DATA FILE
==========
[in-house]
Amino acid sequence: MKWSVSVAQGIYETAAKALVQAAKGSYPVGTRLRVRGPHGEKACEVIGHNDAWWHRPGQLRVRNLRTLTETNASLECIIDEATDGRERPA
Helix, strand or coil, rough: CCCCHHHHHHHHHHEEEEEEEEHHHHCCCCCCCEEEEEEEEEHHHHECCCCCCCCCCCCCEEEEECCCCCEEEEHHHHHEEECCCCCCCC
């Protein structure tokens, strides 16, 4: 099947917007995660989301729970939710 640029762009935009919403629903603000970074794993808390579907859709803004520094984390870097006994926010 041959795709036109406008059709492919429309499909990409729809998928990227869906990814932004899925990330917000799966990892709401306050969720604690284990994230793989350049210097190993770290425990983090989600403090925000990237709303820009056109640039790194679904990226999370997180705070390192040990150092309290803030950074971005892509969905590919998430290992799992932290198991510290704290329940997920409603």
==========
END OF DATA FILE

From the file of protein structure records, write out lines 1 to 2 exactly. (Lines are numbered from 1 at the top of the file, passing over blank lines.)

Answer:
[in-house]
Amino acid sequence: MKWSVSVAQGIYETAAKALVQAAKGSYPVGTRLRVRGPHGEKACEVIGHNDAWWHRPGQLRVRNLRTLTETNASLECIIDEATDGRERPA